Global Cardiac Rehabilitation

WCC ICCPR Council MeetingCardiovascular disease is global epidemic, but is at its worst in the developing world. Cardiac rehabilitation (CR) is an established model of care with structured exercise at its core, proven to reduce mortality by 25% and morbidity by 20% in patients with this disease. Unfortunately, research demonstrates low use of, and inequality in access, to CR, particularly in the places where it is needed most. A recent invited review by Prof. Grace and colleagues shows that only 2/3rds of high-income countries have CR, and only ΒΌ of developing countries do. There are a combination of factors relating to patients, physicians, and the health care system itself that lead to low CR use.

Along with some colleagues, Prof. Grace founded the International Council of Cardiovascular Prevention and Rehabilitation (ICCPR; www.globalcardiacrehab.com) to tackle these issues. ICCPR leaders engaged 29 national / regional CR / secondary prevention associations from around the world, who have formally named Board members to the ICCPR Council. ICCPR is an official member of the World Heart Federation. Together, these associations developed and endorsed a Charter, stating their goal of harmonizing efforts to promote CR delivery.

ICCPR Map of AssociationsThey have since gone on to summarize the evidence on the benefits of CR in low and middle-income countries, surveyed member countries regarding reimbursement models for CR and program characteristics, and developed an advocacy toolkit to promote greater delivery of CR. Given the last international-scale guidance on CR delivery in low-resource settings was published almost 25 years ago by the World Health Organization, ICCPR most-recently endeavored to systematically develop practical, evidence-based recommendations on how to deliver each of the core components of CR in low-resource settings. While it is cost-effective to deliver these programs in countries such as Canada, the United Kingdom and United States, the situation in developing countries is different.

Selected Outputs from the Project:

  1. Grace, S.L., Warburton, D.E.R., Stone, J.A., Sanderson, B., Oldridge, N., Jones, J., Wong, N., & Buckley, J.P. (2013). International charter on cardiovascular prevention and rehabilitation: A call for action. JCRP, 33(2):128-31. March/April. http://journals.lww.com/jcrjournal/Fulltext/2013/03000/International_Charter_on_Cardiovascular_Prevention.10.aspx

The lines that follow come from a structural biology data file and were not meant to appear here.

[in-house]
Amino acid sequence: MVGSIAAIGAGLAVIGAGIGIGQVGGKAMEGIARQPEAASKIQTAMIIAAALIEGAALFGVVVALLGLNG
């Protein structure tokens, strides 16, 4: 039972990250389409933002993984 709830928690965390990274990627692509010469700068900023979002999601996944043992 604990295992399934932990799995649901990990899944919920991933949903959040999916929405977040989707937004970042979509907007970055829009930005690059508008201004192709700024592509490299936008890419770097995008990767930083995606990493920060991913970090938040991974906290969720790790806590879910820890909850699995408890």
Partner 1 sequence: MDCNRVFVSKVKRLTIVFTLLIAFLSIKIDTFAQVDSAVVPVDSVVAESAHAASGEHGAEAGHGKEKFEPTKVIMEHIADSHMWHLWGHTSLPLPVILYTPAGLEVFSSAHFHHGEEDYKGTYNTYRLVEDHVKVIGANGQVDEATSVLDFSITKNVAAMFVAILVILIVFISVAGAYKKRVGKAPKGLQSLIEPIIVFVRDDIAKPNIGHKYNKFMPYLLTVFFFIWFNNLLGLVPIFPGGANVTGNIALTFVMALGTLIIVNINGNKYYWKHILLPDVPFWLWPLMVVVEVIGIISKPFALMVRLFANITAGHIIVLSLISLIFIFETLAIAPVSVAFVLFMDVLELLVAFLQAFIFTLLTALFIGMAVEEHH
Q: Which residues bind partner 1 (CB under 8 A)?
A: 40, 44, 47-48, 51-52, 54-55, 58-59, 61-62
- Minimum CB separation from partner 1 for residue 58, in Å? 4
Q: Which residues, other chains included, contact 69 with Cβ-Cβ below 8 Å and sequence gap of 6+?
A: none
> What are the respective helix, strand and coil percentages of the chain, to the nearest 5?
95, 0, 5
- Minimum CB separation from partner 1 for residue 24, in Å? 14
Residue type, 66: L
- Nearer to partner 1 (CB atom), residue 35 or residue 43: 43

2. Shanmugasegaram, S.*, Terzic, C., Xiang, J. & Grace, S.L. (2014). Cardiac rehabilitation services in low and middle-income countries: A scoping review. Journal of Cardiovascular Nursing, 29(5): 454-463. Sept/Oct.
  3. Turk-Adawi, K., Sarrafzadegan, N., & Grace, S.L. (2014). Global availability of cardiac rehabilitation. Nature Reviews: Cardiology, 11(10): 586-596. October.
  4. Turk-Adawi, K., & Grace, S.L. (2015). Narrative review comparing the benefits of, participation cardiac rehabilitation in high-, middle- and low-income countries. Heart, Lung and Circulation, 24(5): 510-520. May. doi: 10.1016/j.hlc.2014.11.013
  5. Grace, S.L., Turk-Adawi, K., Contractor, A., Atrey, A., Campbell, N., Derman, W., Ghisi, G.M.G.*, Hu, D., Mendis, S., Oh, P., Oldridge, N., Sarkar, B., & Yeo, T.J., Lopez, F., & Sarrafzadegan, N. (2016). Consensus statement: Cardiac rehabilitation delivery model for low-resource settings. Heart;102:1449-1455. September. DOI:10.1136/heartjnl-2015-309209
  6. Grace, S.L., Turk-Adawi, K.I., Contractor, A., Atrey, A., Campbell, N.R., Derman, W., Ghisi, G.L.*, Sarkar, B.K, Yeo, T.J., Lopez-Jimenez, F., Buckley, J., Hu, D., & Sarrafzadegan, N. (2016). Cardiac rehabilitation delivery model for low-resource settings: An International Council of Cardiovascular Prevention and Rehabilitation consensus statement. Progress in CVD;59(3):303-322. Nov/Dec. doi: 10.1016/j.pcad.2016.08.004.
  7. Babu, A., Lopez-Jimenez, F., Thomas, R.J., Isaranuwatchai, W., Herdy, A.H., Hoch, J., & Grace, S.L. (2016). Advocacy for outpatient cardiac rehabilitation globally. BMC Health Services Research;16:471. September. DOI: 10.1186/s12913-016-1658-1 http://rdcu.be/nlq4